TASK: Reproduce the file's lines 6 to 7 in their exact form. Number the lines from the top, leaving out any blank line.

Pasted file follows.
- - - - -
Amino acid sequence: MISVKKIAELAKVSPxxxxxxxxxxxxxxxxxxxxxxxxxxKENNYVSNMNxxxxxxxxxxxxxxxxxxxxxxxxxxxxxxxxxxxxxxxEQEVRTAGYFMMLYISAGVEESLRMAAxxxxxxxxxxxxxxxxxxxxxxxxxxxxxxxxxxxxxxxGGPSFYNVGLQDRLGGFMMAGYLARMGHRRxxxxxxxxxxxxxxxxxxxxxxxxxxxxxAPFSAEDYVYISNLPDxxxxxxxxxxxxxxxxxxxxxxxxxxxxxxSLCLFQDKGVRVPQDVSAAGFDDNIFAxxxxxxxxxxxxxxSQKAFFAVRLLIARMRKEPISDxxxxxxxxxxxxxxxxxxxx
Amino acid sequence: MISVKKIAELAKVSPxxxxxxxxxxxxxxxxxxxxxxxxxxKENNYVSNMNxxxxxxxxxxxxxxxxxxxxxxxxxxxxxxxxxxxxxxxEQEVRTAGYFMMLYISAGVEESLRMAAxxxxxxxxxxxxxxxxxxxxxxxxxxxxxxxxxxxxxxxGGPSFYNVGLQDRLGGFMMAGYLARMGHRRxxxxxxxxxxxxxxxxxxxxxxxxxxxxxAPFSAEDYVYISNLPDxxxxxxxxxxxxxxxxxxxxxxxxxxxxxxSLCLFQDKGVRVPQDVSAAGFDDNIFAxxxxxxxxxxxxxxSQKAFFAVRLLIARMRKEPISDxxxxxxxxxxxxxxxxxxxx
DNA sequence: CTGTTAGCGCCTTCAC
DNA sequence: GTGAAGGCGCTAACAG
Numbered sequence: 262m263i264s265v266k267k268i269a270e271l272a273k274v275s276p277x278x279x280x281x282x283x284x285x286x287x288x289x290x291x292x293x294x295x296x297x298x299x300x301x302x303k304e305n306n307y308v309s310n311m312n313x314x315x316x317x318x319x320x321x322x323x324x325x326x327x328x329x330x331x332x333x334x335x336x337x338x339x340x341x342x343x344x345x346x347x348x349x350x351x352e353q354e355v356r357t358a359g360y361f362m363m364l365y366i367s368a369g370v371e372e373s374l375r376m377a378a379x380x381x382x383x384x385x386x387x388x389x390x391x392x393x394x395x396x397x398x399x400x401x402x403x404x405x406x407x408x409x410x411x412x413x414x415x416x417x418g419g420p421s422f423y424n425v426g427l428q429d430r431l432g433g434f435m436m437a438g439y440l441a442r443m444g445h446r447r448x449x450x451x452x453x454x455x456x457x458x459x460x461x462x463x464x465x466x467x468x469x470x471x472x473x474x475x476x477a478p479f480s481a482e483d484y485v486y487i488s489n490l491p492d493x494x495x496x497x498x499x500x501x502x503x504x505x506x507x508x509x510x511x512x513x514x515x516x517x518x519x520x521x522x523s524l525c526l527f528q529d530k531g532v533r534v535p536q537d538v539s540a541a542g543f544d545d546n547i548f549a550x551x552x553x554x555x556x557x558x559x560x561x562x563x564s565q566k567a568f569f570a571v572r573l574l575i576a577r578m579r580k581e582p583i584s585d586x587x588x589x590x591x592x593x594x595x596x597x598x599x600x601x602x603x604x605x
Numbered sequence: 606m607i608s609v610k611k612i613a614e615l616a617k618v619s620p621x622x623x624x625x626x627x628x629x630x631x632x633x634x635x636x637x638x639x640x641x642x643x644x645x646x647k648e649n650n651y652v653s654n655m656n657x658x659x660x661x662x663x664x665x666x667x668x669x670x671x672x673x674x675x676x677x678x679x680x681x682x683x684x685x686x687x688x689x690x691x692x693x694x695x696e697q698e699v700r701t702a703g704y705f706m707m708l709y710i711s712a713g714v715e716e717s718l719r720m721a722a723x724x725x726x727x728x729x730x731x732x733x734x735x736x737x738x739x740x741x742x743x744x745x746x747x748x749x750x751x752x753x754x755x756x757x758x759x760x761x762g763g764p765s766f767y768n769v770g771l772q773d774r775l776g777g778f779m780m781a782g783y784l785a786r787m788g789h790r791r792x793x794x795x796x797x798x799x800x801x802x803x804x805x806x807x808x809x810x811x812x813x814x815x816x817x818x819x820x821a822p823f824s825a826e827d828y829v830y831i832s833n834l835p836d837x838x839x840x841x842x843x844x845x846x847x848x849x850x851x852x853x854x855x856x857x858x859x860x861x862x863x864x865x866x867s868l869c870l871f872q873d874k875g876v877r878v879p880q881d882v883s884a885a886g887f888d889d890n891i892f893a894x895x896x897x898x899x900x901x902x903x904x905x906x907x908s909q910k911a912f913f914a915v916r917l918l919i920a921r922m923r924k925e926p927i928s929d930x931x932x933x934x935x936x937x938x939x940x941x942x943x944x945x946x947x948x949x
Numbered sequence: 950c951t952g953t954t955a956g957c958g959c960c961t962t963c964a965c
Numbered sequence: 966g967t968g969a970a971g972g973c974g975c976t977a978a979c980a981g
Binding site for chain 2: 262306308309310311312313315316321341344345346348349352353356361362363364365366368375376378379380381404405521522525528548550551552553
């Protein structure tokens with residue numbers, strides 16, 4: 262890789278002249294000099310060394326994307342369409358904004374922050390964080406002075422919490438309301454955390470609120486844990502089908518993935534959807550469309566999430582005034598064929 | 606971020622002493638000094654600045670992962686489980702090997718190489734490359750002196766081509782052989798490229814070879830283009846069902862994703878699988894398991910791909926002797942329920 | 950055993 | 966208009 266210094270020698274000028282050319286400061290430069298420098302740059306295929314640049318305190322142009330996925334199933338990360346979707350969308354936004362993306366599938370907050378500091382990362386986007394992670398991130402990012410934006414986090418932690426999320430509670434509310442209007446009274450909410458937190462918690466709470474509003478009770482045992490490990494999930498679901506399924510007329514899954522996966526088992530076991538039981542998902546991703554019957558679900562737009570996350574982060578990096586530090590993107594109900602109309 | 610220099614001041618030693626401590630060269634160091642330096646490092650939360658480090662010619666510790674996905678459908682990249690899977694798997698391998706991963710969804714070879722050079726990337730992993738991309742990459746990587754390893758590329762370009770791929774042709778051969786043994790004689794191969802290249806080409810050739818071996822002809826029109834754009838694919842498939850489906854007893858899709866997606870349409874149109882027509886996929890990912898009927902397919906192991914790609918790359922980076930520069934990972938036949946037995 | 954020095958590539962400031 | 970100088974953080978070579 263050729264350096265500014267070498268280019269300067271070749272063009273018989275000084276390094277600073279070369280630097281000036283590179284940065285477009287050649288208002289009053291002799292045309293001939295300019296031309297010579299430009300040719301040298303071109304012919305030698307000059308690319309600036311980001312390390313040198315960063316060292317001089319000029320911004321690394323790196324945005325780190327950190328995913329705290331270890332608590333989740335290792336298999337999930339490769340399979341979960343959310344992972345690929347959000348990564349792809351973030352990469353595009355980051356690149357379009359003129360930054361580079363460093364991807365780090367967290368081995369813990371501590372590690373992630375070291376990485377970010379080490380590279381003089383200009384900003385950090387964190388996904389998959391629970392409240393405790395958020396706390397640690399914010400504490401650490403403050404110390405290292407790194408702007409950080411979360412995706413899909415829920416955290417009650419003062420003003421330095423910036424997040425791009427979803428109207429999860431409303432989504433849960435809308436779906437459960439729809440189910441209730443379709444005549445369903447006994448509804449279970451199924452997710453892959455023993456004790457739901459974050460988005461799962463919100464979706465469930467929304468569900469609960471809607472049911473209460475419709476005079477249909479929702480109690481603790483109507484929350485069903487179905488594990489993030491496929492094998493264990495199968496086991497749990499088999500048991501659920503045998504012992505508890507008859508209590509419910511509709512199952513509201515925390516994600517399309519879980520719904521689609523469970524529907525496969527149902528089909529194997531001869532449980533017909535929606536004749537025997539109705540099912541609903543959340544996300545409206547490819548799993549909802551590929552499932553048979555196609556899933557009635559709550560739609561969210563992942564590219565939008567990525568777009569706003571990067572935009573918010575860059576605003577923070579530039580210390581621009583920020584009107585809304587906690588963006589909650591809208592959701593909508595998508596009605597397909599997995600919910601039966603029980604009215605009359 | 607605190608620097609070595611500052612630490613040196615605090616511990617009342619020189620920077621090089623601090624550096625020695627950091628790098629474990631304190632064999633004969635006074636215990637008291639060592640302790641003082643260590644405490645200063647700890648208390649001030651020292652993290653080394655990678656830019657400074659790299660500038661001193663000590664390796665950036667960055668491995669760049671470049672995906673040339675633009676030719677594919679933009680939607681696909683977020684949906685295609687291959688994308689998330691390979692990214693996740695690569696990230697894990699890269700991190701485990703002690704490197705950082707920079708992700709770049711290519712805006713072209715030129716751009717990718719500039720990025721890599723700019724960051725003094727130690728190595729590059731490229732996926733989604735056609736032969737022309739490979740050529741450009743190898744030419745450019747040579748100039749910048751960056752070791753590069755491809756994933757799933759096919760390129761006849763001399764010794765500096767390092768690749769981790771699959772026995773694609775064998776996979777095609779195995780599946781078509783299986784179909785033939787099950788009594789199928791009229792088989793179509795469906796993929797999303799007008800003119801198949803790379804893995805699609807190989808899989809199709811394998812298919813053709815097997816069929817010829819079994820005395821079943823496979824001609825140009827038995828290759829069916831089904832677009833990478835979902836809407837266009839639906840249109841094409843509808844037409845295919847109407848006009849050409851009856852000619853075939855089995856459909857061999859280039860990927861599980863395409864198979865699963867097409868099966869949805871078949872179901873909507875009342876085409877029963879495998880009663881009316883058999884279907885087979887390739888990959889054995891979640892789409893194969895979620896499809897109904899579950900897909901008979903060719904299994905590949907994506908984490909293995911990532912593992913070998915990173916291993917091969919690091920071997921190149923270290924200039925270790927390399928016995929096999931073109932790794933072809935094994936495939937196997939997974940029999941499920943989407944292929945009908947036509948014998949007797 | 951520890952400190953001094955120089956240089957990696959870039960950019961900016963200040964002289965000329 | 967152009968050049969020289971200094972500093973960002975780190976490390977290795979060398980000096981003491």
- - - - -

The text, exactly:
Numbered sequence: 606m607i608s609v610k611k612i613a614e615l616a617k618v619s620p621x622x623x624x625x626x627x628x629x630x631x632x633x634x635x636x637x638x639x640x641x642x643x644x645x646x647k648e649n650n651y652v653s654n655m656n657x658x659x660x661x662x663x664x665x666x667x668x669x670x671x672x673x674x675x676x677x678x679x680x681x682x683x684x685x686x687x688x689x690x691x692x693x694x695x696e697q698e699v700r701t702a703g704y705f706m707m708l709y710i711s712a713g714v715e716e717s718l719r720m721a722a723x724x725x726x727x728x729x730x731x732x733x734x735x736x737x738x739x740x741x742x743x744x745x746x747x748x749x750x751x752x753x754x755x756x757x758x759x760x761x762g763g764p765s766f767y768n769v770g771l772q773d774r775l776g777g778f779m780m781a782g783y784l785a786r787m788g789h790r791r792x793x794x795x796x797x798x799x800x801x802x803x804x805x806x807x808x809x810x811x812x813x814x815x816x817x818x819x820x821a822p823f824s825a826e827d828y829v830y831i832s833n834l835p836d837x838x839x840x841x842x843x844x845x846x847x848x849x850x851x852x853x854x855x856x857x858x859x860x861x862x863x864x865x866x867s868l869c870l871f872q873d874k875g876v877r878v879p880q881d882v883s884a885a886g887f888d889d890n891i892f893a894x895x896x897x898x899x900x901x902x903x904x905x906x907x908s909q910k911a912f913f914a915v916r917l918l919i920a921r922m923r924k925e926p927i928s929d930x931x932x933x934x935x936x937x938x939x940x941x942x943x944x945x946x947x948x949x
Numbered sequence: 950c951t952g953t954t955a956g957c958g959c960c961t962t963c964a965c